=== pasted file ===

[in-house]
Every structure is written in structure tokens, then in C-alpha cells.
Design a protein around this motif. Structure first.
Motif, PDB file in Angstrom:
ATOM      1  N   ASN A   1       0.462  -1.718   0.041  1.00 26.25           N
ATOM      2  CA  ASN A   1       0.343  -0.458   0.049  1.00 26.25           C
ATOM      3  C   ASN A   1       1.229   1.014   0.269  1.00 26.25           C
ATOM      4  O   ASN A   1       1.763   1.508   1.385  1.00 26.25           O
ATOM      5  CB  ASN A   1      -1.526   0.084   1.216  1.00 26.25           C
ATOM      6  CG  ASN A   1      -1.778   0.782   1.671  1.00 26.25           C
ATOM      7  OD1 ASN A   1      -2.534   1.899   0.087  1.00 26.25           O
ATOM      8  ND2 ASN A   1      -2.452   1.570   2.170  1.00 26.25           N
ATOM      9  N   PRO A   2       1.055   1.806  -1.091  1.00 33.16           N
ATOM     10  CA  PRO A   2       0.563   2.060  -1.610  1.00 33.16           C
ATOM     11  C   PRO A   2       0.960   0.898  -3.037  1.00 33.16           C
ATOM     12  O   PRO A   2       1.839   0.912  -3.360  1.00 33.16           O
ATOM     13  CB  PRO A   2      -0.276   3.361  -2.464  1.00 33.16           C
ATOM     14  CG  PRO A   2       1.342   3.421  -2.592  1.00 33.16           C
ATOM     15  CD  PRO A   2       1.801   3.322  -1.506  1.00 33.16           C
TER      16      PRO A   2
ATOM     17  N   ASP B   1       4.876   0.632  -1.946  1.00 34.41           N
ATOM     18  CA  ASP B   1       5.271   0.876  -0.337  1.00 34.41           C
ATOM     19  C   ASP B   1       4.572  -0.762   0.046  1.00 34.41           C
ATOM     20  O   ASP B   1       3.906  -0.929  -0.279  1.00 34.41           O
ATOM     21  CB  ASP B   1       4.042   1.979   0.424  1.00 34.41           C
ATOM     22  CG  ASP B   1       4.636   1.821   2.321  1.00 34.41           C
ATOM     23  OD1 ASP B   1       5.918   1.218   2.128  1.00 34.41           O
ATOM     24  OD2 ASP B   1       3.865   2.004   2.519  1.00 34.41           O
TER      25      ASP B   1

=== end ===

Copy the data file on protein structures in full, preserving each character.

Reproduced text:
[in-house]
Every structure is written in structure tokens, then in C-alpha cells.
Design a protein around this motif. Structure first.
Motif, PDB file in Angstrom:
ATOM      1  N   ASN A   1       0.462  -1.718   0.041  1.00 26.25           N
ATOM      2  CA  ASN A   1       0.343  -0.458   0.049  1.00 26.25           C
ATOM      3  C   ASN A   1       1.229   1.014   0.269  1.00 26.25           C
ATOM      4  O   ASN A   1       1.763   1.508   1.385  1.00 26.25           O
ATOM      5  CB  ASN A   1      -1.526   0.084   1.216  1.00 26.25           C
ATOM      6  CG  ASN A   1      -1.778   0.782   1.671  1.00 26.25           C
ATOM      7  OD1 ASN A   1      -2.534   1.899   0.087  1.00 26.25           O
ATOM      8  ND2 ASN A   1      -2.452   1.570   2.170  1.00 26.25           N
ATOM      9  N   PRO A   2       1.055   1.806  -1.091  1.00 33.16           N
ATOM     10  CA  PRO A   2       0.563   2.060  -1.610  1.00 33.16           C
ATOM     11  C   PRO A   2       0.960   0.898  -3.037  1.00 33.16           C
ATOM     12  O   PRO A   2       1.839   0.912  -3.360  1.00 33.16           O
ATOM     13  CB  PRO A   2      -0.276   3.361  -2.464  1.00 33.16           C
ATOM     14  CG  PRO A   2       1.342   3.421  -2.592  1.00 33.16           C
ATOM     15  CD  PRO A   2       1.801   3.322  -1.506  1.00 33.16           C
TER      16      PRO A   2
ATOM     17  N   ASP B   1       4.876   0.632  -1.946  1.00 34.41           N
ATOM     18  CA  ASP B   1       5.271   0.876  -0.337  1.00 34.41           C
ATOM     19  C   ASP B   1       4.572  -0.762   0.046  1.00 34.41           C
ATOM     20  O   ASP B   1       3.906  -0.929  -0.279  1.00 34.41           O
ATOM     21  CB  ASP B   1       4.042   1.979   0.424  1.00 34.41           C
ATOM     22  CG  ASP B   1       4.636   1.821   2.321  1.00 34.41           C
ATOM     23  OD1 ASP B   1       5.918   1.218   2.128  1.00 34.41           O
ATOM     24  OD2 ASP B   1       3.865   2.004   2.519  1.00 34.41           O
TER      25      ASP B   1